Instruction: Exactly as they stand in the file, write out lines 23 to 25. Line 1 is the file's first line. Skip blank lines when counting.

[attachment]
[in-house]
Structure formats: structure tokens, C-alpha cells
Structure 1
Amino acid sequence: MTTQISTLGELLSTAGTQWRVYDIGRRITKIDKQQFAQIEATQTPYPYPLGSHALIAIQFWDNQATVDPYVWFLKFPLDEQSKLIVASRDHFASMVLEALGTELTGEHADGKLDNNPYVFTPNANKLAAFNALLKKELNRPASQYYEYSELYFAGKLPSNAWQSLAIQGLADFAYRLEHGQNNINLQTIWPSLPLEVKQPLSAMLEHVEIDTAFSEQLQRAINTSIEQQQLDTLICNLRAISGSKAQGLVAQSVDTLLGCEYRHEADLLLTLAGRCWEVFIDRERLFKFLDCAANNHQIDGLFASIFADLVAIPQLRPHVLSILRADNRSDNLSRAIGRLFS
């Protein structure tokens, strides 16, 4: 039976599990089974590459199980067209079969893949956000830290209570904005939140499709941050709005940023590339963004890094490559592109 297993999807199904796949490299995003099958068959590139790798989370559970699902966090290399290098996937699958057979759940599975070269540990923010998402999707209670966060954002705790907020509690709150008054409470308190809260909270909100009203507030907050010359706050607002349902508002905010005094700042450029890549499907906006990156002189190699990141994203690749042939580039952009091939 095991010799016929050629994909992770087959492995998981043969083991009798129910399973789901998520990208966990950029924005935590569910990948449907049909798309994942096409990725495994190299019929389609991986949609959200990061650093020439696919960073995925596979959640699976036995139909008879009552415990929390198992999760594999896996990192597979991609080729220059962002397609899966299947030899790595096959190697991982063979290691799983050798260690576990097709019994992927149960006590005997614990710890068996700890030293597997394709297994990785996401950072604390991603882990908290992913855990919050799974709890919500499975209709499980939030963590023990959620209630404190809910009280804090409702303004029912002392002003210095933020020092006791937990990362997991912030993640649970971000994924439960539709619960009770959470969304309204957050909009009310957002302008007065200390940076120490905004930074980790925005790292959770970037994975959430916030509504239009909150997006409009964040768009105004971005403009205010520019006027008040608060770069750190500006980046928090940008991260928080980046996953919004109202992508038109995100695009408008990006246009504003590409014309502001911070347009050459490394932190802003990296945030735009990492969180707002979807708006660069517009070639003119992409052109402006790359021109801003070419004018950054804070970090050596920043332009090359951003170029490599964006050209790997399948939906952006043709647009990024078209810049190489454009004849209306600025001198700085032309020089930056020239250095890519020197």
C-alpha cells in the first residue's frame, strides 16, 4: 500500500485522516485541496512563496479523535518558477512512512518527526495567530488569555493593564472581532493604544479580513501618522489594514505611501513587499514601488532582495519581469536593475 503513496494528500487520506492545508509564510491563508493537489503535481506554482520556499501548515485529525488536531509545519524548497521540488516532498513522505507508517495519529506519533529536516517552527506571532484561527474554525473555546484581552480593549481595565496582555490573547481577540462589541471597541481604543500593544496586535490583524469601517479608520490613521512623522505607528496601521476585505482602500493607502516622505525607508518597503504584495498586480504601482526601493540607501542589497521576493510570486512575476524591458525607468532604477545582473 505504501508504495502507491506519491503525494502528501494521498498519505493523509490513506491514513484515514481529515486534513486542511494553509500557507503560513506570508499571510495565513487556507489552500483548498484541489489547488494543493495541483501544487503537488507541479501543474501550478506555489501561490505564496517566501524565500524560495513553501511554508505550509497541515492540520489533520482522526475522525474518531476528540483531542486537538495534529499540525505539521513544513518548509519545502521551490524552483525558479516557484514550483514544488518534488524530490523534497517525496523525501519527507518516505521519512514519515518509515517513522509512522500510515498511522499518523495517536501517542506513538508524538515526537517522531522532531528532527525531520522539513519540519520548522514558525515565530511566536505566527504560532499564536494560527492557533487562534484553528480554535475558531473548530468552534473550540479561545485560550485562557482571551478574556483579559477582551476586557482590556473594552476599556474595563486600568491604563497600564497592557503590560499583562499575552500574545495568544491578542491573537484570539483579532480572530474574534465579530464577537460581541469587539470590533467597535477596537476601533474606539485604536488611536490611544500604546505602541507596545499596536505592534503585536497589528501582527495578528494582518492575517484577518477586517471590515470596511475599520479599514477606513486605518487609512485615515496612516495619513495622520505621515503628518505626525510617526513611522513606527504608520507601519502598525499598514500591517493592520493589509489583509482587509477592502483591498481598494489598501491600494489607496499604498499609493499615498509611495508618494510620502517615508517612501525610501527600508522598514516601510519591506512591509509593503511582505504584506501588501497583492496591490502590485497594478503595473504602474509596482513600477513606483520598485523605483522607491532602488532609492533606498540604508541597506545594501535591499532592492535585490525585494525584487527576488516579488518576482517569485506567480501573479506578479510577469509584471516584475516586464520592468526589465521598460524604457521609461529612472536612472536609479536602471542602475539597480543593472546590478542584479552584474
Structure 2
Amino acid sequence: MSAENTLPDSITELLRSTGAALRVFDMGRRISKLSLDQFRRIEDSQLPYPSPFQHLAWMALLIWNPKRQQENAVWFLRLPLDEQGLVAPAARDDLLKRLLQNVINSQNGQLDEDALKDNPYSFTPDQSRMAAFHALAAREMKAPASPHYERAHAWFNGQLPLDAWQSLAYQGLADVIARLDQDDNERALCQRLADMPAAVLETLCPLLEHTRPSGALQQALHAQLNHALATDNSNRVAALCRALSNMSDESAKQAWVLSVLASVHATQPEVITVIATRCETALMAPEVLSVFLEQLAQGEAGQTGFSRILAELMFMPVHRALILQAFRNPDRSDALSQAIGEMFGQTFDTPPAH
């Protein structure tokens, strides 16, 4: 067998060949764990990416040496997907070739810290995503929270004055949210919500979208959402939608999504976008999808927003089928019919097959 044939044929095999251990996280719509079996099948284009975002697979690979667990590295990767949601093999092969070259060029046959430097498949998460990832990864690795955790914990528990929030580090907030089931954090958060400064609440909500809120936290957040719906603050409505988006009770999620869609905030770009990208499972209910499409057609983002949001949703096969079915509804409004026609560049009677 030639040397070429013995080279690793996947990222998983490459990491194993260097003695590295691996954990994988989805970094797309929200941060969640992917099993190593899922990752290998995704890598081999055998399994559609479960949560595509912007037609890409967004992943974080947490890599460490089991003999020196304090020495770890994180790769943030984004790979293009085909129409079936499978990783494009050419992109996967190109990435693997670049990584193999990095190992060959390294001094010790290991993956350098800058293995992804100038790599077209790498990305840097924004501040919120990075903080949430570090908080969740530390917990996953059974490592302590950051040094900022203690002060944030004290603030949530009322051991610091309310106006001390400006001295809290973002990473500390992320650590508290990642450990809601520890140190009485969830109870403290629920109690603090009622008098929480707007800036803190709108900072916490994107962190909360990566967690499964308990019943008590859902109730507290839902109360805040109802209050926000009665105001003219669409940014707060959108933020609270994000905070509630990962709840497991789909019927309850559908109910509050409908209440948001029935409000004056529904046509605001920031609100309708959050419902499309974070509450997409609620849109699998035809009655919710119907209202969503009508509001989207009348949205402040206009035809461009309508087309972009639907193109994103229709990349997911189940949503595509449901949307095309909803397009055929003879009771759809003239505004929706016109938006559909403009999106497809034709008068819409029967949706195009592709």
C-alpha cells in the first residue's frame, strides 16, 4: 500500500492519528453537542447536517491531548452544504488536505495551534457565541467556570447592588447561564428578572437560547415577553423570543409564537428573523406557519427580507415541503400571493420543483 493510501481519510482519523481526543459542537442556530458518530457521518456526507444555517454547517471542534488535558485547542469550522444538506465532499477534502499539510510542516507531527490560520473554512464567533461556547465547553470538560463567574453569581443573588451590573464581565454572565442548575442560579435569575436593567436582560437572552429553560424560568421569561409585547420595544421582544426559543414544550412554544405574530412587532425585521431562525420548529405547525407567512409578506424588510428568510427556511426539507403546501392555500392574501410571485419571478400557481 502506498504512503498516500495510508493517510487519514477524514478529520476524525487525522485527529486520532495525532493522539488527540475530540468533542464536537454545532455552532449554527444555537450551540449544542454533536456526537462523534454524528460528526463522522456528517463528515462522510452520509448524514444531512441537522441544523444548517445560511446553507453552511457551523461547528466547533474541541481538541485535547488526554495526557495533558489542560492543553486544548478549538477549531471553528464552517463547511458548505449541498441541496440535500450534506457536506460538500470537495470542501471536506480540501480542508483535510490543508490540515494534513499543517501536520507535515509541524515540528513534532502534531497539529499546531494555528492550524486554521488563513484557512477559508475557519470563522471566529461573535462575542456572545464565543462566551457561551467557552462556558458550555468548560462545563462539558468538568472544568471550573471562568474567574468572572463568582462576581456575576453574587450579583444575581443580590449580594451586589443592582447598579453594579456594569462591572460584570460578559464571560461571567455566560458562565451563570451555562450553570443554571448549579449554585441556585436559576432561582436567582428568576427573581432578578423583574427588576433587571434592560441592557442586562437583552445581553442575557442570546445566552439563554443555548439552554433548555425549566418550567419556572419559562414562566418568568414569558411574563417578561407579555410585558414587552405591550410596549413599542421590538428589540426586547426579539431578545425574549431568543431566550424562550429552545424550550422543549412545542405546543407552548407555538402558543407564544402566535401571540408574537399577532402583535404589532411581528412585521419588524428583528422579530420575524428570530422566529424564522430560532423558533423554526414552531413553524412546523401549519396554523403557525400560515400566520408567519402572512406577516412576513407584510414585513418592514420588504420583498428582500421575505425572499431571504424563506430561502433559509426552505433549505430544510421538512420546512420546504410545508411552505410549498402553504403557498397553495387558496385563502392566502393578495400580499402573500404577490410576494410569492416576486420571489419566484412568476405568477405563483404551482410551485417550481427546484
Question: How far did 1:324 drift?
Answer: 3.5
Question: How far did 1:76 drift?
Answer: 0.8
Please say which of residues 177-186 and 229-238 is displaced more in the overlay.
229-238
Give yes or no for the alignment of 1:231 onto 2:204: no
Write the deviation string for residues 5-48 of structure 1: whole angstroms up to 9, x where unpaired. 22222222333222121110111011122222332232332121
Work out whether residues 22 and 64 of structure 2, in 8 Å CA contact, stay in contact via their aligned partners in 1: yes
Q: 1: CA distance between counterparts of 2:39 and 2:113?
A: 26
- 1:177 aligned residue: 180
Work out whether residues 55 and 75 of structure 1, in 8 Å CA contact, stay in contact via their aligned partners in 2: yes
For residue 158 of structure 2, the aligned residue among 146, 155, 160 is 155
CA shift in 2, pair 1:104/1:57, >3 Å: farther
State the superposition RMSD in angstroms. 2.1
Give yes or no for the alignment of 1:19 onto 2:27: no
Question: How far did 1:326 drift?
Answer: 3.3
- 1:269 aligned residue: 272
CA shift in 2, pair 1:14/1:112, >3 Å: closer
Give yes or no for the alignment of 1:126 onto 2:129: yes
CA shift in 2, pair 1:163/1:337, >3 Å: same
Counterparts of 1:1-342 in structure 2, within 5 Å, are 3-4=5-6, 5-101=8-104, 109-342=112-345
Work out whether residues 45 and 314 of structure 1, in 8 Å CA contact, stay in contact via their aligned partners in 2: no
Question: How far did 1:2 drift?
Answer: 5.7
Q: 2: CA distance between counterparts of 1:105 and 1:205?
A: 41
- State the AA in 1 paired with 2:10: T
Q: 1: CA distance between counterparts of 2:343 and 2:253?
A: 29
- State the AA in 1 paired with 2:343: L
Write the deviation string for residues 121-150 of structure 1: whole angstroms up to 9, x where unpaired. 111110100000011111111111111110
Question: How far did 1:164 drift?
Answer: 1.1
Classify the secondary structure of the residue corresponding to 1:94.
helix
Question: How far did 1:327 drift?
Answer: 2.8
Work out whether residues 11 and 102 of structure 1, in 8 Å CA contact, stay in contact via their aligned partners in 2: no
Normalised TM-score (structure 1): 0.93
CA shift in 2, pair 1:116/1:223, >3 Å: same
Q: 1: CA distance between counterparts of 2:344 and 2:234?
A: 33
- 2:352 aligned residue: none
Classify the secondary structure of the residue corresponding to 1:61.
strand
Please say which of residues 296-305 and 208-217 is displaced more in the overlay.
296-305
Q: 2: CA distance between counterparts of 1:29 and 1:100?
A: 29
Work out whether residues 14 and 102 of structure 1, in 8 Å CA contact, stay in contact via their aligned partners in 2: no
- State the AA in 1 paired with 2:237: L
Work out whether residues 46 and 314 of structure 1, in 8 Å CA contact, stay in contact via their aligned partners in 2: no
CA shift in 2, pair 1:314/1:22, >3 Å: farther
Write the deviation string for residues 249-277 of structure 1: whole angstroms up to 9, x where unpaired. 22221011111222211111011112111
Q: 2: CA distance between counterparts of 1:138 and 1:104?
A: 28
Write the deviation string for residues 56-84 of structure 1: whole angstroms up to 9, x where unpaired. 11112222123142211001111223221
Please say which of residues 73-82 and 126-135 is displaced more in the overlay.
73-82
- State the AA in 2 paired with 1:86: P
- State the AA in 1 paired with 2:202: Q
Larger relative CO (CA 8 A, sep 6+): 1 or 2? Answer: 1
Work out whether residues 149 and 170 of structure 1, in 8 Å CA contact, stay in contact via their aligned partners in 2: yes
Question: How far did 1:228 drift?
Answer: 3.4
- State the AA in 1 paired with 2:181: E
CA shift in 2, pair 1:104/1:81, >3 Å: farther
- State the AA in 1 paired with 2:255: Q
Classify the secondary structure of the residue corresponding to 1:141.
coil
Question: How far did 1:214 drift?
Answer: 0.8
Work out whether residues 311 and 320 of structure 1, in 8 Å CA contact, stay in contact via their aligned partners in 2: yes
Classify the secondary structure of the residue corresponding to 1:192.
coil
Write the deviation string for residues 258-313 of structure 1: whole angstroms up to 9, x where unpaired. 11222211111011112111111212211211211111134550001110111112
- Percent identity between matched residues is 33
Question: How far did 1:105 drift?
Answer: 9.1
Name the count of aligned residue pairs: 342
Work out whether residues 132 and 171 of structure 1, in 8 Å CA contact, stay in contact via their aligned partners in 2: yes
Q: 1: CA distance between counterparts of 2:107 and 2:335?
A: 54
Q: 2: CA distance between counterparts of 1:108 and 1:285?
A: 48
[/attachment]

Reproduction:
Work out whether residues 55 and 75 of structure 1, in 8 Å CA contact, stay in contact via their aligned partners in 2: yes
For residue 158 of structure 2, the aligned residue among 146, 155, 160 is 155
CA shift in 2, pair 1:104/1:57, >3 Å: farther